Orangutan mom and baby

If you have visited orangutans in the wild and/or visited a rehabilitation center for animals, you may see a few of them imitating the humans who provide them care daily. Animal caregivers of today, however, make extra efforts to ensure animals, when rehabilitated, are placed into situations and areas where they can learn from each other, rather than from their human caregivers.

Honor the teachings, respect the teachers, guide the practitioners as they are the ones who become the next teachers. It takes all three to maintain treasures to ensure the world is sustained; that life continues, gets better and continues to grow and improve.
The Teachings in my Qigong practice come from an ancient lineage of discipline studied and passed down and on by many. The teachings that come from the rain forest have the same history. Dr. Gary Shapiro, the founder of the OrangUtan Republik Foundation (OURF), has spent almost his entire life studying orangutans. He has learned many “Teachings” that, as a teacher, he now passes down to his team of volunteers, college students (to which OURF provides funding), as well as the public. He established a foundation for the teachings surrounding orangutan conservation so he could pass this down to others. He studied and continues to study orangutans and their rain forest habitat where he lived for a short time and now returns to on a regular basis. He works to conserve the very rain forest in which orangutans and other animals live who pass on their teachings to their students or practitioners.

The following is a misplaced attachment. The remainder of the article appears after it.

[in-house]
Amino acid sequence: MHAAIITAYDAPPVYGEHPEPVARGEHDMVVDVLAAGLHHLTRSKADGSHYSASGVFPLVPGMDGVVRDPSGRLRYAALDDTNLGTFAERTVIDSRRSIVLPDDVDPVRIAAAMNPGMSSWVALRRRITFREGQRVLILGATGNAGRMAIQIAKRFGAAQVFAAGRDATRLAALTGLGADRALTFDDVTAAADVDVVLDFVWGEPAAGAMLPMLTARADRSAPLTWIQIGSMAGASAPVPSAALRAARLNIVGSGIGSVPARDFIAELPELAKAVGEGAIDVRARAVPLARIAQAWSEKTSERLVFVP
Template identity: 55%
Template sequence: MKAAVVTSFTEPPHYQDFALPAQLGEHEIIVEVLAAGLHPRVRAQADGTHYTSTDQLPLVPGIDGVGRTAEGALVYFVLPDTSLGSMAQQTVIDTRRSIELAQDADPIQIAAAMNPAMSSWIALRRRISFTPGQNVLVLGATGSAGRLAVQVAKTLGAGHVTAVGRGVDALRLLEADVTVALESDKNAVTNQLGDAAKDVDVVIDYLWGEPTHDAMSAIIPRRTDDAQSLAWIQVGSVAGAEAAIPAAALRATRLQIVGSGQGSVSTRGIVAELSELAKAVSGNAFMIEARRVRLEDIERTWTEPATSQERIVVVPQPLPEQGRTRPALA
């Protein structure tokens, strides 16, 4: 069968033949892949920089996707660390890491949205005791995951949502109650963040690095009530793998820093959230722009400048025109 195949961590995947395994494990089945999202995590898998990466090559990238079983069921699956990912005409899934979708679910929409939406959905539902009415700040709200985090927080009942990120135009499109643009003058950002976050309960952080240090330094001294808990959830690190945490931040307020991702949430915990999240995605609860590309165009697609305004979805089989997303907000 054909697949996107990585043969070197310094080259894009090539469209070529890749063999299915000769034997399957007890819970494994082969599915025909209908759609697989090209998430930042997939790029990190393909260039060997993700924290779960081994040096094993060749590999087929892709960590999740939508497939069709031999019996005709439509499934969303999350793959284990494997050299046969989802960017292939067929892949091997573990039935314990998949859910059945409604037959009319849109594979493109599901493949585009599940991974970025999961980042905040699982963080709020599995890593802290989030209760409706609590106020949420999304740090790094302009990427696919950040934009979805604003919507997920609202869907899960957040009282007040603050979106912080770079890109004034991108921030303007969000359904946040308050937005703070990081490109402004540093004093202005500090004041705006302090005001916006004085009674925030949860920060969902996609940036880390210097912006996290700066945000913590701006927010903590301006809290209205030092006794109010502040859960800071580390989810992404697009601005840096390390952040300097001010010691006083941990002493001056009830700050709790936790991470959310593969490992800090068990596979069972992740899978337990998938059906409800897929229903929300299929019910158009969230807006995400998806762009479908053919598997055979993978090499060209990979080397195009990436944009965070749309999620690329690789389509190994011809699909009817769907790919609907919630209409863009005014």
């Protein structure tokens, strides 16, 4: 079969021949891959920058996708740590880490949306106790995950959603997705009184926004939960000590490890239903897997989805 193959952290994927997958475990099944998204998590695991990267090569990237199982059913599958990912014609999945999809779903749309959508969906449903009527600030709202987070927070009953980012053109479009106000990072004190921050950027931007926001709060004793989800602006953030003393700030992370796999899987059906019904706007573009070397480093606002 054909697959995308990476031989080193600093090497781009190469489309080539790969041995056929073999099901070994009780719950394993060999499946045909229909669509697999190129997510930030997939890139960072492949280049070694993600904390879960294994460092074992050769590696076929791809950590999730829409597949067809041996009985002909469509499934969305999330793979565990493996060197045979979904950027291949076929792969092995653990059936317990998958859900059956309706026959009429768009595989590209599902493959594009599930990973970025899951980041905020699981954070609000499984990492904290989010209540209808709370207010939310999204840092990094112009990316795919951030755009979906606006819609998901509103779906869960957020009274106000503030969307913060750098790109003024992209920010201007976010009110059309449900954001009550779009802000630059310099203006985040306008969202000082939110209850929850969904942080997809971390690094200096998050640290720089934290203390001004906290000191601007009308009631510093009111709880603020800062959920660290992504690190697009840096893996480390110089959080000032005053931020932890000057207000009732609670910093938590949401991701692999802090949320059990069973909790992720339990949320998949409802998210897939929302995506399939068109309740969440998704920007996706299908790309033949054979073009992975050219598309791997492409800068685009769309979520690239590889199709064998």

As a teacher, the work, or teachings, of Dr. Gary Shapiro matters. But if he had no practitioners or students or volunteers to which to pass on his teachings – it would most likely not matter for long as it would become “too late”.

As volunteers or as maybe new readers of this article and thus those learning something or thinking about something for the first time, YOU…WE matter. Because unless there is someone to whom the information can be passed – the information becomes a void. Someone must recognize the value of the teachings and then turn around and pass it along to the next one in line – regardless of age, station in life or even species.